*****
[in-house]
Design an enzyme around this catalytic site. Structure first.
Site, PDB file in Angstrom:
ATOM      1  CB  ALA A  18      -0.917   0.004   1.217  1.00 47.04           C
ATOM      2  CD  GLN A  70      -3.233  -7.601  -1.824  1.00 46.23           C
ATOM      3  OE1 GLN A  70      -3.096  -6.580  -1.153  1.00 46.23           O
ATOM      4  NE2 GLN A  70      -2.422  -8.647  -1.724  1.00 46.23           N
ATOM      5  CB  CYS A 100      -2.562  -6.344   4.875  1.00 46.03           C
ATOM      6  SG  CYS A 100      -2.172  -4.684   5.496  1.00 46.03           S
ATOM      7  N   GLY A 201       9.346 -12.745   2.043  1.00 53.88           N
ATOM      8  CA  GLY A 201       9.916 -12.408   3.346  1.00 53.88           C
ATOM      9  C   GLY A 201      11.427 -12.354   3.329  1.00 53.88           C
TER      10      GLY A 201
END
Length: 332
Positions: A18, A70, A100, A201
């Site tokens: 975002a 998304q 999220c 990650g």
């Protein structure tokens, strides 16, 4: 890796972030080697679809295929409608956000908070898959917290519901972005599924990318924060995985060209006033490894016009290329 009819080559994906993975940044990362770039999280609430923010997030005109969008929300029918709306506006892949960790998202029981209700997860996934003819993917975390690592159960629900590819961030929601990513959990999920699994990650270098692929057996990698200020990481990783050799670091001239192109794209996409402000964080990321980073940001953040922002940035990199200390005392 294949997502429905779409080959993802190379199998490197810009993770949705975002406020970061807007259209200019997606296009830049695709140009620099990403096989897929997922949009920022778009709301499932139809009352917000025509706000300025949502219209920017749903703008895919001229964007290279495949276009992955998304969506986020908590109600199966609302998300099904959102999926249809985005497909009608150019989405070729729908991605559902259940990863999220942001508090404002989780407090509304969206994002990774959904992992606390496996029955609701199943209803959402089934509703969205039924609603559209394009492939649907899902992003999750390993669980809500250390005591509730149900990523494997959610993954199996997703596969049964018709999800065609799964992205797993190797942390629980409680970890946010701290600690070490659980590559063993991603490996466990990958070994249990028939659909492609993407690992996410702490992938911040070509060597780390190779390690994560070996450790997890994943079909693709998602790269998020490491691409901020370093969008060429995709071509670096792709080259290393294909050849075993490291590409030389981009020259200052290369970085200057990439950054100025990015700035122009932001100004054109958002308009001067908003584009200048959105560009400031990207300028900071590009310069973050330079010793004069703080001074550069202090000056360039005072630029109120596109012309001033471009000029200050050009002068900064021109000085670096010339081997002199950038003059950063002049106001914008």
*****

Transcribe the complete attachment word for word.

[in-house]
Design an enzyme around this catalytic site. Structure first.
Site, PDB file in Angstrom:
ATOM      1  CB  ALA A  18      -0.917   0.004   1.217  1.00 47.04           C
ATOM      2  CD  GLN A  70      -3.233  -7.601  -1.824  1.00 46.23           C
ATOM      3  OE1 GLN A  70      -3.096  -6.580  -1.153  1.00 46.23           O
ATOM      4  NE2 GLN A  70      -2.422  -8.647  -1.724  1.00 46.23           N
ATOM      5  CB  CYS A 100      -2.562  -6.344   4.875  1.00 46.03           C
ATOM      6  SG  CYS A 100      -2.172  -4.684   5.496  1.00 46.03           S
ATOM      7  N   GLY A 201       9.346 -12.745   2.043  1.00 53.88           N
ATOM      8  CA  GLY A 201       9.916 -12.408   3.346  1.00 53.88           C
ATOM      9  C   GLY A 201      11.427 -12.354   3.329  1.00 53.88           C
TER      10      GLY A 201
END
Length: 332
Positions: A18, A70, A100, A201
């Site tokens: 975002a 998304q 999220c 990650g």
């Protein structure tokens, strides 16, 4: 890796972030080697679809295929409608956000908070898959917290519901972005599924990318924060995985060209006033490894016009290329 009819080559994906993975940044990362770039999280609430923010997030005109969008929300029918709306506006892949960790998202029981209700997860996934003819993917975390690592159960629900590819961030929601990513959990999920699994990650270098692929057996990698200020990481990783050799670091001239192109794209996409402000964080990321980073940001953040922002940035990199200390005392 294949997502429905779409080959993802190379199998490197810009993770949705975002406020970061807007259209200019997606296009830049695709140009620099990403096989897929997922949009920022778009709301499932139809009352917000025509706000300025949502219209920017749903703008895919001229964007290279495949276009992955998304969506986020908590109600199966609302998300099904959102999926249809985005497909009608150019989405070729729908991605559902259940990863999220942001508090404002989780407090509304969206994002990774959904992992606390496996029955609701199943209803959402089934509703969205039924609603559209394009492939649907899902992003999750390993669980809500250390005591509730149900990523494997959610993954199996997703596969049964018709999800065609799964992205797993190797942390629980409680970890946010701290600690070490659980590559063993991603490996466990990958070994249990028939659909492609993407690992996410702490992938911040070509060597780390190779390690994560070996450790997890994943079909693709998602790269998020490491691409901020370093969008060429995709071509670096792709080259290393294909050849075993490291590409030389981009020259200052290369970085200057990439950054100025990015700035122009932001100004054109958002308009001067908003584009200048959105560009400031990207300028900071590009310069973050330079010793004069703080001074550069202090000056360039005072630029109120596109012309001033471009000029200050050009002068900064021109000085670096010339081997002199950038003059950063002049106001914008």